I was excited to see the front page feature on Monica Bartlett’s research on the social impact of expressing gratitude in the Nov. 26 Spokesman-Review. It’s timely research with a very practical message: If we want others to like us, perceive us warmly and treat us more positively, expressing gratitude works.
It turns out that there is a lot of evidence that feeling and expressing gratitude is a primary ingredient of the good life, and it’s good to see psychology research that focuses on how to have happy, meaningful lives (rather than always focusing on what goes wrong).
For those who are interested in the growing science of gratitude, readers should know that we have one of the world’s foremost gratitude scholars right here on our own front doorstep. For over the past 15 years, professor Philip Watkins of Eastern Washington University has pioneered this area of research with a systematic set of studies (and books) examining the impacts and dynamics of gratitude and how it can improve our lives.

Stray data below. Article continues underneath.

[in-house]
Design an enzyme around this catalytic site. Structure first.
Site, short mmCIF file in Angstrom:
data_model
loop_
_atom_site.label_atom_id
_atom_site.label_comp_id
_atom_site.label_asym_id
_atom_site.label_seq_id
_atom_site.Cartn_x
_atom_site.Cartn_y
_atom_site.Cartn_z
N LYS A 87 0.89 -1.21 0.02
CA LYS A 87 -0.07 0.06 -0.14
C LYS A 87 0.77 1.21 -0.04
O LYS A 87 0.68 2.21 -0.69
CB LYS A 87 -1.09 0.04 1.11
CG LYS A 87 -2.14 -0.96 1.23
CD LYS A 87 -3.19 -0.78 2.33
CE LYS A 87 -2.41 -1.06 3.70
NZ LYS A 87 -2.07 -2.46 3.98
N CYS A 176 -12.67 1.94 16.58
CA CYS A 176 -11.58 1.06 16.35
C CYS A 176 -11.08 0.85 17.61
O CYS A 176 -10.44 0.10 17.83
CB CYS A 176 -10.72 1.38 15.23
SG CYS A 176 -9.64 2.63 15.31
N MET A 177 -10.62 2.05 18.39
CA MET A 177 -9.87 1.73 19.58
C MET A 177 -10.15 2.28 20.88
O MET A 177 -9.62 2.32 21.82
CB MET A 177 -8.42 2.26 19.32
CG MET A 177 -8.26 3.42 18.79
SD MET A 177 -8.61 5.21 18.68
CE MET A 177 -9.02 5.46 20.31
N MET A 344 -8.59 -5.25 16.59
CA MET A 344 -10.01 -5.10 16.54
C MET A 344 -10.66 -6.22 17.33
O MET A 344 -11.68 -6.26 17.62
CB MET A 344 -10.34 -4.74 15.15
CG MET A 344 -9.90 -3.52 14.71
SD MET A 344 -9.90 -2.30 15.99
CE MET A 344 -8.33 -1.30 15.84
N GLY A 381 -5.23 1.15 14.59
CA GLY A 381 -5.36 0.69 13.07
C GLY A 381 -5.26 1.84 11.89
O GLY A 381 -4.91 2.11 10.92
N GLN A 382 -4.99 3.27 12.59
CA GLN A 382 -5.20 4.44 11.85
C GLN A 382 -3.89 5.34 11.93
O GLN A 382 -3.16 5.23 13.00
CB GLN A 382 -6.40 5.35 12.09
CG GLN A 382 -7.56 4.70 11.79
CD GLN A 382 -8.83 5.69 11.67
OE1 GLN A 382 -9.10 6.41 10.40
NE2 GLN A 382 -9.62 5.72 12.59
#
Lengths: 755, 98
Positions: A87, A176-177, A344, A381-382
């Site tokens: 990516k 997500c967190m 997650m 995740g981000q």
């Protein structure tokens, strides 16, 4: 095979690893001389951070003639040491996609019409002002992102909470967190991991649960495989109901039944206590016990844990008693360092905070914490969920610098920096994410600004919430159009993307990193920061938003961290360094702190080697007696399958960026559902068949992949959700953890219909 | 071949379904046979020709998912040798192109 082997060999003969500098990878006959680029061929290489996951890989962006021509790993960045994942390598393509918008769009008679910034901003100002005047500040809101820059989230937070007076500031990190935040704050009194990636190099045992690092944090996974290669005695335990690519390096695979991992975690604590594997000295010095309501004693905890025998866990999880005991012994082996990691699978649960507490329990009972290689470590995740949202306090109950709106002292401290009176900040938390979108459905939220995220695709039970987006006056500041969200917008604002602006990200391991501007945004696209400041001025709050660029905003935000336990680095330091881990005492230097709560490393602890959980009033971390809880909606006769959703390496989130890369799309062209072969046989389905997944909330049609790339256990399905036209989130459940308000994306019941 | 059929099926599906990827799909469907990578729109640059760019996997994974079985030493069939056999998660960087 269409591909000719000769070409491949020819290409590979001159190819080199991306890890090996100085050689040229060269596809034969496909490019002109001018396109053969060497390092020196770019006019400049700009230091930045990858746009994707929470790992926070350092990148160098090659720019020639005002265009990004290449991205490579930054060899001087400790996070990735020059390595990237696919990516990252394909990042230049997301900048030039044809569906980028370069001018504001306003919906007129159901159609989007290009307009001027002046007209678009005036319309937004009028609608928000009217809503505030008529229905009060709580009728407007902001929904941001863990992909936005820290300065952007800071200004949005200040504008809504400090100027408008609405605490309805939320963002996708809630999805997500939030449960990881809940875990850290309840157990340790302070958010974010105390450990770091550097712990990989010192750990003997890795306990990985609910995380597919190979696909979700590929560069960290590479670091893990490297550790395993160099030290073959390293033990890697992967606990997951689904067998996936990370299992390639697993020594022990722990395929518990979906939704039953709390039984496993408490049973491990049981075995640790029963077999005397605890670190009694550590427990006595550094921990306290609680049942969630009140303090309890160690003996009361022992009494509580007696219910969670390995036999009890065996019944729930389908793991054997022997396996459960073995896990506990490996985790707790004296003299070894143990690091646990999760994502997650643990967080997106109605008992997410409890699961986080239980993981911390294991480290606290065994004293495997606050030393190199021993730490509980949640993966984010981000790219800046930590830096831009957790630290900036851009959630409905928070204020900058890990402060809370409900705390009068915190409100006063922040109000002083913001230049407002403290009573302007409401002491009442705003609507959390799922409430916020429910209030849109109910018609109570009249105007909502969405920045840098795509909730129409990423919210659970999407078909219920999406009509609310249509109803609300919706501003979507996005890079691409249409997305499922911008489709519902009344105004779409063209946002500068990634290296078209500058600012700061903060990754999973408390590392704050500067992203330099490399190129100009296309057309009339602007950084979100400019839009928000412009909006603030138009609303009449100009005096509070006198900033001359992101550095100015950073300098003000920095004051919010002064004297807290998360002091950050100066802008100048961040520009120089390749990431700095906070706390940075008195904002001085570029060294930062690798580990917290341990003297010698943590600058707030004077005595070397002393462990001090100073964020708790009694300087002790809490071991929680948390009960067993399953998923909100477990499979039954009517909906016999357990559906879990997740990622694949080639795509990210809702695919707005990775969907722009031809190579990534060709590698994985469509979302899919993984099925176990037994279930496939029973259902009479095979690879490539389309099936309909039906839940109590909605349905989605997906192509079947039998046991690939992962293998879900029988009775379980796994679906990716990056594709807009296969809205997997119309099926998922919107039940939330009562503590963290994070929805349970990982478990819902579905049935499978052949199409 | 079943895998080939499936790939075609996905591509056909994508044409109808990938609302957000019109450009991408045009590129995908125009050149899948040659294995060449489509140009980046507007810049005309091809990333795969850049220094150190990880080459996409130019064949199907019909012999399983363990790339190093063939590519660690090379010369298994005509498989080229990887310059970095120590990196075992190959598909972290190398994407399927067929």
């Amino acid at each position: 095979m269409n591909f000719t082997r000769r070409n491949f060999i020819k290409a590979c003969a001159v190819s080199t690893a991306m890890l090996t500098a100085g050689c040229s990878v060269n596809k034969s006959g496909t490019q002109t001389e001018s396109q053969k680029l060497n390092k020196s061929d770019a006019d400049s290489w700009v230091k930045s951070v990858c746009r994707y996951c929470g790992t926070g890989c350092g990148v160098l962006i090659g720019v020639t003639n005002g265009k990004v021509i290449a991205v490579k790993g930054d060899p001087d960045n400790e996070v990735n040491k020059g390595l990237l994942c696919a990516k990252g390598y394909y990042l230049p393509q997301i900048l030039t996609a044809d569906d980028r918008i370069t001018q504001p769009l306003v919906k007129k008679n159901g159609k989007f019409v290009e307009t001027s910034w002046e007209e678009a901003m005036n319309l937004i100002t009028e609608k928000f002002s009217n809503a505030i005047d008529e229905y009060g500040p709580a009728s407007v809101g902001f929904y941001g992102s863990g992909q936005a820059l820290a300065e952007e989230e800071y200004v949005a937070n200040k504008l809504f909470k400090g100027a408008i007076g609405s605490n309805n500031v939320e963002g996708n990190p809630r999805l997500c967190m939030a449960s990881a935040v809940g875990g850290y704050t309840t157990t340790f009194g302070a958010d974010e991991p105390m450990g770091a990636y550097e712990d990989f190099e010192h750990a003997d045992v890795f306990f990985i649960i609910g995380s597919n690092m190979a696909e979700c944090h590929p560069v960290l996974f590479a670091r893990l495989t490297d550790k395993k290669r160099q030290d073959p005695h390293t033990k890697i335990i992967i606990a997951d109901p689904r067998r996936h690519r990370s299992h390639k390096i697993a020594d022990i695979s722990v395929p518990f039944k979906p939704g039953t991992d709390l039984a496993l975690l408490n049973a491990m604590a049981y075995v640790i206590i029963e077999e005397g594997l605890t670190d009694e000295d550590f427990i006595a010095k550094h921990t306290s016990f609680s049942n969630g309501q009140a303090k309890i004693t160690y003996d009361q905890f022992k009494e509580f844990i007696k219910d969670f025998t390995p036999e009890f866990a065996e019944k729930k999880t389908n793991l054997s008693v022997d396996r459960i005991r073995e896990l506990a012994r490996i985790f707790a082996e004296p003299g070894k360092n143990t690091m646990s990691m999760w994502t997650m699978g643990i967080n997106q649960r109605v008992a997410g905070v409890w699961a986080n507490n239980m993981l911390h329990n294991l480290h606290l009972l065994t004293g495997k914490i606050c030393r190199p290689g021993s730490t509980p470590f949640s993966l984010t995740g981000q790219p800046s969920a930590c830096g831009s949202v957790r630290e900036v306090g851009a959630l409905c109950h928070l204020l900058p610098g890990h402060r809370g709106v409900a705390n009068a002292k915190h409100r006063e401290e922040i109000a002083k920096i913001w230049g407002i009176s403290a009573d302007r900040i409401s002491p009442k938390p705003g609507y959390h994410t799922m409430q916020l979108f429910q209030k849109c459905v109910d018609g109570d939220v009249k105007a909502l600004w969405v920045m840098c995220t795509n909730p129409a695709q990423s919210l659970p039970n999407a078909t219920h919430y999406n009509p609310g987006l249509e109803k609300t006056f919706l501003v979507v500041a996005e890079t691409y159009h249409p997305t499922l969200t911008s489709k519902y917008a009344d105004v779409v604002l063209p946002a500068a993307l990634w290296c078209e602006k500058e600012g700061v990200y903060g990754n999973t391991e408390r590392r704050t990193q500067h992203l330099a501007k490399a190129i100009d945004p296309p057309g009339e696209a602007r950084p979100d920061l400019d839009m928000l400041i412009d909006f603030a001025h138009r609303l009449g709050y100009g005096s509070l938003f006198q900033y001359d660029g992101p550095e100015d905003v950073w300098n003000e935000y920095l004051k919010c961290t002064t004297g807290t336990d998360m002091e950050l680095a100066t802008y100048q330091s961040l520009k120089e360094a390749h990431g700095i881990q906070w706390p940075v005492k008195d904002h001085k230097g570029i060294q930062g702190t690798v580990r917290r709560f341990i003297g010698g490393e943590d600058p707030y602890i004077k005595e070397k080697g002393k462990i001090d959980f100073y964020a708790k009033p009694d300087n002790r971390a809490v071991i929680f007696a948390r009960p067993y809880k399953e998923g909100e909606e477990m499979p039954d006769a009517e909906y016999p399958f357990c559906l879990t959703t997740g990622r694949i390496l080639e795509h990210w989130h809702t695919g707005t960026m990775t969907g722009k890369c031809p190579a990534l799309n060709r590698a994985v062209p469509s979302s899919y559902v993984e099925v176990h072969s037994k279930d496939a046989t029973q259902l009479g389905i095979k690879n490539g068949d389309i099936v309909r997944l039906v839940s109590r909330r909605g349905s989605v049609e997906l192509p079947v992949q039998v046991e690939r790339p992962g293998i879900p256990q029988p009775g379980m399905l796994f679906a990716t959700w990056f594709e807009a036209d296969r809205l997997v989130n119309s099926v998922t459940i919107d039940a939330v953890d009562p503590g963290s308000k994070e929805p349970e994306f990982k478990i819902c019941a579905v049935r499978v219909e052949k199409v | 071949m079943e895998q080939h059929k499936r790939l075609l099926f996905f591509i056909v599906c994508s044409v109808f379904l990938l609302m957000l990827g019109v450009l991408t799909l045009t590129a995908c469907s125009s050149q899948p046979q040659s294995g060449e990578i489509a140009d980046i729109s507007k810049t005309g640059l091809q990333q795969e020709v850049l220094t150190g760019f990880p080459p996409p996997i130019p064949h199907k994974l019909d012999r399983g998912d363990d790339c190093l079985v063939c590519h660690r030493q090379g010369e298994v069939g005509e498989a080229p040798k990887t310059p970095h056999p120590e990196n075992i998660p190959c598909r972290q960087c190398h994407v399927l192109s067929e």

I would encourage people and groups who are interested in the science of gratitude to connect with Watkins, who regularly gives talks on the subject.